African American Athletes and U.S. Cultural Diplomacy, 1947–1968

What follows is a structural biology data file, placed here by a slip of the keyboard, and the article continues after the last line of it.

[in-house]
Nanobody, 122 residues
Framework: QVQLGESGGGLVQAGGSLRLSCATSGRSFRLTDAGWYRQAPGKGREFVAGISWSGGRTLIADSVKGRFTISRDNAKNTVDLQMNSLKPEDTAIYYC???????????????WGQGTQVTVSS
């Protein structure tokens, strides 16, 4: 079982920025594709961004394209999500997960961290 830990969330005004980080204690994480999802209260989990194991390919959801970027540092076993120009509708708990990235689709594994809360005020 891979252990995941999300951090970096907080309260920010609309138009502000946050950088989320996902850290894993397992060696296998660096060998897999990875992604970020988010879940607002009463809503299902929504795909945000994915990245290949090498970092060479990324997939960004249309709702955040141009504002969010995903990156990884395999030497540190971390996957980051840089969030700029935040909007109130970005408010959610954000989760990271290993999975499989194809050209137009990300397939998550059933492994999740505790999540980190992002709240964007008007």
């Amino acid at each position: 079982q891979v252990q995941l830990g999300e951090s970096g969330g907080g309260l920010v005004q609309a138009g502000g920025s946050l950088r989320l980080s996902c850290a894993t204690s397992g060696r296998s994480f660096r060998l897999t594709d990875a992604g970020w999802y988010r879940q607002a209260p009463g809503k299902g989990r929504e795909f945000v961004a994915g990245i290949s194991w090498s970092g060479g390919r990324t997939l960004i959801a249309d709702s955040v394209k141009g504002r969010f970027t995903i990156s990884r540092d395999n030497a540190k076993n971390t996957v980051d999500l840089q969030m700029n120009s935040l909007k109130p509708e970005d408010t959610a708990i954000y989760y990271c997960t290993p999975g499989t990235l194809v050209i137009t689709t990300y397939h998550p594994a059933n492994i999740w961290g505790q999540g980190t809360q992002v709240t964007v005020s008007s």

This chapter examines the “challenges, contradictions, and political nature” of African American sports emissaries during the early Cold War era. Recognizing the impact that Soviet declarations of American mistreatment of blacks were having on global public opinion about the United States, government officials planned goodwill trips that provided opportunities for people around the world to meet successful African Americans whose abilities on the playing field and loyalty to the nation represented a positive counterweight to the claims being posited by adversaries of the United States. The chapter devotes special attention to athletes' response to the program, most of whom were initially unaware of the underlying political purpose of their trips. There was an unintended politicizing effect for the athletes, as many used the forum to distance themselves from domestic policies, push for civil rights, and find common cause with subjugated peoples around the world. An increased unwillingness for citizen diplomats to “stay on message” resulted in the programs being scaled back in the late 1960s.
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